PhD studentship in Explainable Network and AI-based methods for personalised multi-omic medical data analysis
Qualification type: PhD
Location: Hatfield, United Kingdom
Expected start: October 2021
Recent technological developments allow us to collect a tremendous amount of digital personal multi-omic medical data that include clinical parameters, serum and urine biomarkers, or genomic data. Some of these analytes are collected over time and organise serial or longitudinal data. Resulting datasets are frequently characterised by small sample sizes and large numbers of features. This results in that fact that existing machine learning approaches often fail to analyse such data and are prone to overfitting.
One of the ways to analyse multiple features from patients in such setting is to use a network approach such as parenclitic networks [1,2]. Although it was shown to be promising in analysing low sample size multidimensional datasets, there are still unsolved methodological issues such as: i) which topological indices are most relevant for predictive modelling purposes; ii) what are the different network architectures; iii) how to incorporate longitudinal characteristic into the network setting; and, finally, iv) how to make these models transparent and explainable. This latter is crucial in order to be able to interpret such black box approach and identify which particular patterns in the data have led to a specific classification result. In the present project we plan to develop a network and AI methodological approaches to challenge these questions.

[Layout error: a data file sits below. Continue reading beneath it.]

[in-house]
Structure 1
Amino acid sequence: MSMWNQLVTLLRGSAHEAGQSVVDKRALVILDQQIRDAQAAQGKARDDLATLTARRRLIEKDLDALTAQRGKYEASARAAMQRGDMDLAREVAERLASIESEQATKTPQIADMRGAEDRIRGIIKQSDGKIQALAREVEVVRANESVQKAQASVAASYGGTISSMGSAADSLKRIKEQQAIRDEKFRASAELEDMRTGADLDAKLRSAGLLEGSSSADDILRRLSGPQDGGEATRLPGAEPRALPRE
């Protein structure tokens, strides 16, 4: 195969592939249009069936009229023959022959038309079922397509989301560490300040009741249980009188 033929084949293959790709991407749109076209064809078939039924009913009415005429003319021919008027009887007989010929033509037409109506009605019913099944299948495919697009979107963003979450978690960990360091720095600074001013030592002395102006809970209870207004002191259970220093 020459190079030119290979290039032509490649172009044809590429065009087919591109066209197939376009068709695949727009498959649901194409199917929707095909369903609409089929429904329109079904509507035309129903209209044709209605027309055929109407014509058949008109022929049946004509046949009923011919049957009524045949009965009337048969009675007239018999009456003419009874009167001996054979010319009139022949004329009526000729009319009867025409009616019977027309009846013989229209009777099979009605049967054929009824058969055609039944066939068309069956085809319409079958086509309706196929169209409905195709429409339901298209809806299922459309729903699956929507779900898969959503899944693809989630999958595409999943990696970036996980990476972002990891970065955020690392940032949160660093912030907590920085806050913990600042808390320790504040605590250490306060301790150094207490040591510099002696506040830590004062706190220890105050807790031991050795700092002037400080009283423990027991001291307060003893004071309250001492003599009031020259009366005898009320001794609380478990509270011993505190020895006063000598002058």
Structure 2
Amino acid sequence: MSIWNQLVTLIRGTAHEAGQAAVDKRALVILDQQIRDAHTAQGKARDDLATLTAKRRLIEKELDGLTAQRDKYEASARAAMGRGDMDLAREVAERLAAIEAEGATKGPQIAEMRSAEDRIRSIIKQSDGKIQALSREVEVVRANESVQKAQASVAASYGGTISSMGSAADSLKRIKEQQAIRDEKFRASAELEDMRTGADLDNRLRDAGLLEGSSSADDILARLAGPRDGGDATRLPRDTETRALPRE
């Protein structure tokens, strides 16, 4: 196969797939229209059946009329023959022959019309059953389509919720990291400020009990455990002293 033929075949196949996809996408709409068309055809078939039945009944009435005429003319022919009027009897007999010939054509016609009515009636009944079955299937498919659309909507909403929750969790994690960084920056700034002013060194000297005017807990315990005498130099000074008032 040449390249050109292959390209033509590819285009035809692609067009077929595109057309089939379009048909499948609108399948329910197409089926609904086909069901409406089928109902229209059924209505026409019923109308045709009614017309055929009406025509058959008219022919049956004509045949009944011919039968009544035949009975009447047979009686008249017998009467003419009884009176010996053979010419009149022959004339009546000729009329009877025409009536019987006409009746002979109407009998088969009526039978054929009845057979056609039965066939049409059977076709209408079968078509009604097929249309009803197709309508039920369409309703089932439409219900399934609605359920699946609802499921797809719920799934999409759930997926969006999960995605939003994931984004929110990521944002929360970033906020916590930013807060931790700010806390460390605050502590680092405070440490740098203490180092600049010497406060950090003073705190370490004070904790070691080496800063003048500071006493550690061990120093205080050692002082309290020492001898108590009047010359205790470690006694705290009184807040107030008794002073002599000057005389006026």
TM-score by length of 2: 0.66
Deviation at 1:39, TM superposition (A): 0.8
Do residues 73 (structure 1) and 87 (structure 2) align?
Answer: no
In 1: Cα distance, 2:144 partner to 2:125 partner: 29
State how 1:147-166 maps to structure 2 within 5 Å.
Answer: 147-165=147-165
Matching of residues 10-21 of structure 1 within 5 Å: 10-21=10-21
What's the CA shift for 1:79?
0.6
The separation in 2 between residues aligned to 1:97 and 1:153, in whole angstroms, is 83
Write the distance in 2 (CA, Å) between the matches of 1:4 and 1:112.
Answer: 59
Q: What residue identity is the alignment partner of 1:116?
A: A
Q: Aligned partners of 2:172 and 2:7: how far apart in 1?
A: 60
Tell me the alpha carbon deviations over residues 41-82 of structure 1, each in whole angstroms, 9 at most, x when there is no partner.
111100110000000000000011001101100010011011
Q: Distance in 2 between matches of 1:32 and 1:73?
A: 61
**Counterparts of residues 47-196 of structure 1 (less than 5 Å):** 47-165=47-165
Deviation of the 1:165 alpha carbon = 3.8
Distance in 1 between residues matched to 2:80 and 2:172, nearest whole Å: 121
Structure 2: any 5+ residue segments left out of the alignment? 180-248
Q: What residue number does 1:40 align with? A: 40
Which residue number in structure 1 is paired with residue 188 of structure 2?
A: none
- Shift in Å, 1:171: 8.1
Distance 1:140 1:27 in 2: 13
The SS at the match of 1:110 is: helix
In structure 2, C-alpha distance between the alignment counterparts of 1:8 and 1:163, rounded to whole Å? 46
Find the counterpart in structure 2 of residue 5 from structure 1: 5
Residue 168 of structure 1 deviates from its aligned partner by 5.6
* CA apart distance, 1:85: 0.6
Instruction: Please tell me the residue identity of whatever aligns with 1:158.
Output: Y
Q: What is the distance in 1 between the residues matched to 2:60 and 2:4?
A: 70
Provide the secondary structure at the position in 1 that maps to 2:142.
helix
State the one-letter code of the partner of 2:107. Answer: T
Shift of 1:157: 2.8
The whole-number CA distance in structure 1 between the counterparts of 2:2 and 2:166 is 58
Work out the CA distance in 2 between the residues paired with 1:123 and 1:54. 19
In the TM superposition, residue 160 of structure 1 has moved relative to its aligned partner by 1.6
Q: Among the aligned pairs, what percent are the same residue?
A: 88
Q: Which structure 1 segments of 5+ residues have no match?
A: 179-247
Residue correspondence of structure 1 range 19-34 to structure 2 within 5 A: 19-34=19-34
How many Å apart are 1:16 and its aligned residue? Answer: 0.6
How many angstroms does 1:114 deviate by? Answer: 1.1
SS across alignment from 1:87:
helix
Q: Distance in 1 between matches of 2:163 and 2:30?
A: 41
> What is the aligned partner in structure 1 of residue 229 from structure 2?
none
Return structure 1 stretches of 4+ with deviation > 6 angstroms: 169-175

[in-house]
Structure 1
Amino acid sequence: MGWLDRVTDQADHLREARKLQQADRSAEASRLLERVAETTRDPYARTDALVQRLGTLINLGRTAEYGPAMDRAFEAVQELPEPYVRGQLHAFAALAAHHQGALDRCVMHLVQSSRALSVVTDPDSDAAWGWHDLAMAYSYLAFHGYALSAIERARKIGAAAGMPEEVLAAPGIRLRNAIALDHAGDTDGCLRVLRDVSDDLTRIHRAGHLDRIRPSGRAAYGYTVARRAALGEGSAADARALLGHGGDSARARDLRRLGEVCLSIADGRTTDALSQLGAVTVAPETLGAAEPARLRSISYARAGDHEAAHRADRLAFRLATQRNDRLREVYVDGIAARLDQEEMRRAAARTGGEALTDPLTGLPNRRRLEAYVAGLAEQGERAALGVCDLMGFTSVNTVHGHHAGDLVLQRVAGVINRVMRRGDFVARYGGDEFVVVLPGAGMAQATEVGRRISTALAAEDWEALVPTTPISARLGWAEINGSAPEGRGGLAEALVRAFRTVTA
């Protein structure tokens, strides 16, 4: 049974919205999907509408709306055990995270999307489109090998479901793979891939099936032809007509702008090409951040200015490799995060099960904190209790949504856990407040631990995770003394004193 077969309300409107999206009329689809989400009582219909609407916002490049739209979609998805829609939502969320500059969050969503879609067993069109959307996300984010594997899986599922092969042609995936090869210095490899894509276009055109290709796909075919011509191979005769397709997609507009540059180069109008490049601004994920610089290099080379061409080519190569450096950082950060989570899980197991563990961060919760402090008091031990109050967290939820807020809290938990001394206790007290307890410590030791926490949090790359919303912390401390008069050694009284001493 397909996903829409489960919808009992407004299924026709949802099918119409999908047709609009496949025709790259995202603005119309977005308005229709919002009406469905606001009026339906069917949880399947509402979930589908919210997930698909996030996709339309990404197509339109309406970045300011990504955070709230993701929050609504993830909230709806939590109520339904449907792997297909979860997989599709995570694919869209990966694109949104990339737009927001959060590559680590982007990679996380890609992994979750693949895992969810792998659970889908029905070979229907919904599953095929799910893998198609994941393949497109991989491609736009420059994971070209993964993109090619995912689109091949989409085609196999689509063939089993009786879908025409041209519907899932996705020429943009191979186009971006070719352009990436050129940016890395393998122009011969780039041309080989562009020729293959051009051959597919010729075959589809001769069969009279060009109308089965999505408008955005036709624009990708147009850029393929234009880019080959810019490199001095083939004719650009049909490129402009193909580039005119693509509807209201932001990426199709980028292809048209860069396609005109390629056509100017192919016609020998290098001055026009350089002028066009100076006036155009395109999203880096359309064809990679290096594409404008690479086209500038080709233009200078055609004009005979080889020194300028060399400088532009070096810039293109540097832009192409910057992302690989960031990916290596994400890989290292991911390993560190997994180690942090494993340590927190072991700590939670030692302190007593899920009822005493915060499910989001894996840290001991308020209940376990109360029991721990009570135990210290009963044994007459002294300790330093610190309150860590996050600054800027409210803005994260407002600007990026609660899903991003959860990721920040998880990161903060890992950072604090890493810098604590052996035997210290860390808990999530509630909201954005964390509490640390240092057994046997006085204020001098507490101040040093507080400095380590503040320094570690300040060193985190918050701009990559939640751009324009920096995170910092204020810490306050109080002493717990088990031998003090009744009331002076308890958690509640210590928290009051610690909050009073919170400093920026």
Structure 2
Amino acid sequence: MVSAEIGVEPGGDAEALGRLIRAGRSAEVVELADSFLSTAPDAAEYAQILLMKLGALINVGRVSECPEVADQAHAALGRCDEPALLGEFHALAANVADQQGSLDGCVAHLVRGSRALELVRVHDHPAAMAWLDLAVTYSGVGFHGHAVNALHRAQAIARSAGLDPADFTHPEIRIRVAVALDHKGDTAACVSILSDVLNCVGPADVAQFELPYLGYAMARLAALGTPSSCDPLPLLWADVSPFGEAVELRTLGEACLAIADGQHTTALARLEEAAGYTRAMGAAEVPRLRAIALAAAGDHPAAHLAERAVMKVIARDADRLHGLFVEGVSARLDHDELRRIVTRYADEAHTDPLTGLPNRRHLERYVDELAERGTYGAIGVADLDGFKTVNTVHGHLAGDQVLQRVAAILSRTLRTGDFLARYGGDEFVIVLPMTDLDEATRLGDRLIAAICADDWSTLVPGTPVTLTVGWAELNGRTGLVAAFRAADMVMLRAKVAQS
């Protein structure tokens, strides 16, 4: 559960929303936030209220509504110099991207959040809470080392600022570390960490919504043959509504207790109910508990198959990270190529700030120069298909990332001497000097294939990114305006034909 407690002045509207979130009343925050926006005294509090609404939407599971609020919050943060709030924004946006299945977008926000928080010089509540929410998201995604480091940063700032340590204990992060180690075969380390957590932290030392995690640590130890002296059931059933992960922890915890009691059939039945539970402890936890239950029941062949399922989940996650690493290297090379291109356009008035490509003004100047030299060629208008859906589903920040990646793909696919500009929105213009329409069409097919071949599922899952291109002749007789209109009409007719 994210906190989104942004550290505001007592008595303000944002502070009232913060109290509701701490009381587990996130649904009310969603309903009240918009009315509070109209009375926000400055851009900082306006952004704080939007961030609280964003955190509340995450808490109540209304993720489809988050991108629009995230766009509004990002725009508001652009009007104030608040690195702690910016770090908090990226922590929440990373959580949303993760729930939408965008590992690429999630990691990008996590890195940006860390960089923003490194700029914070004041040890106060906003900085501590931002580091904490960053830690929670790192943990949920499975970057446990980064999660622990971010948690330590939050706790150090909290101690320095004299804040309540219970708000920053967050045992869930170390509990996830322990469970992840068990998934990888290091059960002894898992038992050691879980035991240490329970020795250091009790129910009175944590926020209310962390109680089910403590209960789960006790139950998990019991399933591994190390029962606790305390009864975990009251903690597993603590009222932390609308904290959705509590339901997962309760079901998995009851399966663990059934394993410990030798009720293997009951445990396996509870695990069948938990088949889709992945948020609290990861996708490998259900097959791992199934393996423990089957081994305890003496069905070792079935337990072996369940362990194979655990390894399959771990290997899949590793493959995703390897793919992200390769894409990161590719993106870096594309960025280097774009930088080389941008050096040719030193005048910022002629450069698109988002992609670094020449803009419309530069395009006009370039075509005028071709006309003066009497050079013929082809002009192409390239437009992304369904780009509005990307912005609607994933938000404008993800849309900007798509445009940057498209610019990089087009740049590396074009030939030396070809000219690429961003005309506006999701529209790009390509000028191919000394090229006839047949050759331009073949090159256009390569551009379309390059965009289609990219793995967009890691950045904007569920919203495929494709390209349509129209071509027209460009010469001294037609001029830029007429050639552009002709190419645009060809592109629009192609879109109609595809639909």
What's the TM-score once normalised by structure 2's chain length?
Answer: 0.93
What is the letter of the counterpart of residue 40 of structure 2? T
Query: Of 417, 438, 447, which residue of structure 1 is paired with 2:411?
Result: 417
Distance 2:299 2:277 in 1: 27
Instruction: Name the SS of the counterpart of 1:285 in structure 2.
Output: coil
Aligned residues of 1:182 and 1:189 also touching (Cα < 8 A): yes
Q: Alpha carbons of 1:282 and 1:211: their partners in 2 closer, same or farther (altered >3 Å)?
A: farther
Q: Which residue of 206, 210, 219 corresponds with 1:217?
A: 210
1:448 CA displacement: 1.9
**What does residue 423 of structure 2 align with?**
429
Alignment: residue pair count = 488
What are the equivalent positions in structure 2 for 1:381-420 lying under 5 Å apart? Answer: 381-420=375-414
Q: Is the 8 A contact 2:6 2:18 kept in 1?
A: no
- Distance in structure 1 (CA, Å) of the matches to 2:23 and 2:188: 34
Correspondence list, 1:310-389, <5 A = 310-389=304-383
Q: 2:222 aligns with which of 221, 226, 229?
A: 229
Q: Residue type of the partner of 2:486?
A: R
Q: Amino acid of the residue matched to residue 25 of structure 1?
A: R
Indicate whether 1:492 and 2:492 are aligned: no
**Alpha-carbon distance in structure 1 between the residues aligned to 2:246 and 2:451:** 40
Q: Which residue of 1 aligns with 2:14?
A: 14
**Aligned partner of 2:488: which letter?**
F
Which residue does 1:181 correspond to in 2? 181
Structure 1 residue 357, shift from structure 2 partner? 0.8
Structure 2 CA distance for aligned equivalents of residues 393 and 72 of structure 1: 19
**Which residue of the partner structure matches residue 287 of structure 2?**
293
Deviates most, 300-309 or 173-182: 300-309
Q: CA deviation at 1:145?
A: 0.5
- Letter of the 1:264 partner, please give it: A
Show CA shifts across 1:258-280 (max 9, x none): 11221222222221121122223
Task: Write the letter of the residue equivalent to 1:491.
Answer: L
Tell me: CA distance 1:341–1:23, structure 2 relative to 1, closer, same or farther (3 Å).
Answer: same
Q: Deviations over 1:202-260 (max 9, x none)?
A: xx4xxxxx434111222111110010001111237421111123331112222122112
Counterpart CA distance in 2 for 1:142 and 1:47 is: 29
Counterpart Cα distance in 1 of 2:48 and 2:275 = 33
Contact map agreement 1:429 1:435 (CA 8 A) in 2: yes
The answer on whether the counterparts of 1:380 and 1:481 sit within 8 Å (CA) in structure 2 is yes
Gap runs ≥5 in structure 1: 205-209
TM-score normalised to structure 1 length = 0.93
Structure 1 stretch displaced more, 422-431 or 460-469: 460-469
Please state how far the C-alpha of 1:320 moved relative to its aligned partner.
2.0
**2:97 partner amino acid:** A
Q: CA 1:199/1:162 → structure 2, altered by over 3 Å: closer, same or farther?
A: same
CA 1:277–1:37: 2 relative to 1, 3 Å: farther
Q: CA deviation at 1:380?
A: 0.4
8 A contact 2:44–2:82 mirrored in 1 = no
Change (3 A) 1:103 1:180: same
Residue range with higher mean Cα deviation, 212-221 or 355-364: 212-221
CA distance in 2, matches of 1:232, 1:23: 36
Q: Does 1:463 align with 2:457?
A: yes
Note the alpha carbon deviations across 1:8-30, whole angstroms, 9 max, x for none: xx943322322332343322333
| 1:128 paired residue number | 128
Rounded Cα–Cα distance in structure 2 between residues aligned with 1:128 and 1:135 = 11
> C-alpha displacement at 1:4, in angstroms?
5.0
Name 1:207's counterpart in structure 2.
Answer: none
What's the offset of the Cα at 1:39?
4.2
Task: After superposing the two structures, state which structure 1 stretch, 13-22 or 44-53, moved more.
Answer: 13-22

. H.J. Whitwell, O. Blyuss, J.F. Timms, and A. Zaikin, “Parenclitic networks for predicting ovarian cancer”, Oncotarget 9:32, 22717-22726 (2018).
. A. Karsakov, T. Bartlett, I. Meyerov, M. Ivanchenko, and A. Zaikin, “Parenclitic network analysis of methylation data for cancer identification”, PLOS ONE 12(1), e0169661 (2017).
. V. Demichev, P. Tober-Lau, T. Nazarenko, C. Thibeault, H. Whitwell, et al. “A time-resolved proteomic and diagnostic map characterizes COVID-19 disease progression and predicts outcome”, medRxiv, doi 10.1101/2020.11.09.20228015 (2020).
Dr Oleg Blyuss and Prof Jim Geach. Email enquiries to Dr Oleg Blyuss firstname.lastname@example.org.
Students are normally required to have at least a 2.1 undergraduate degree in a relevant subject (or an international equivalent), and we also expect applicants to have an IELTS (English proficiency) score of normally 6.5 or above.
To apply, a completed application form, along with copies of higher education certificates, transcripts, a copy of your passport and two letters of reference, should be returned (by post or email) to Lynette Spelman at the address below, by the closing date. You should arrange for your referees to write separately using the form provided or send their reference via email to Lynette Spelman.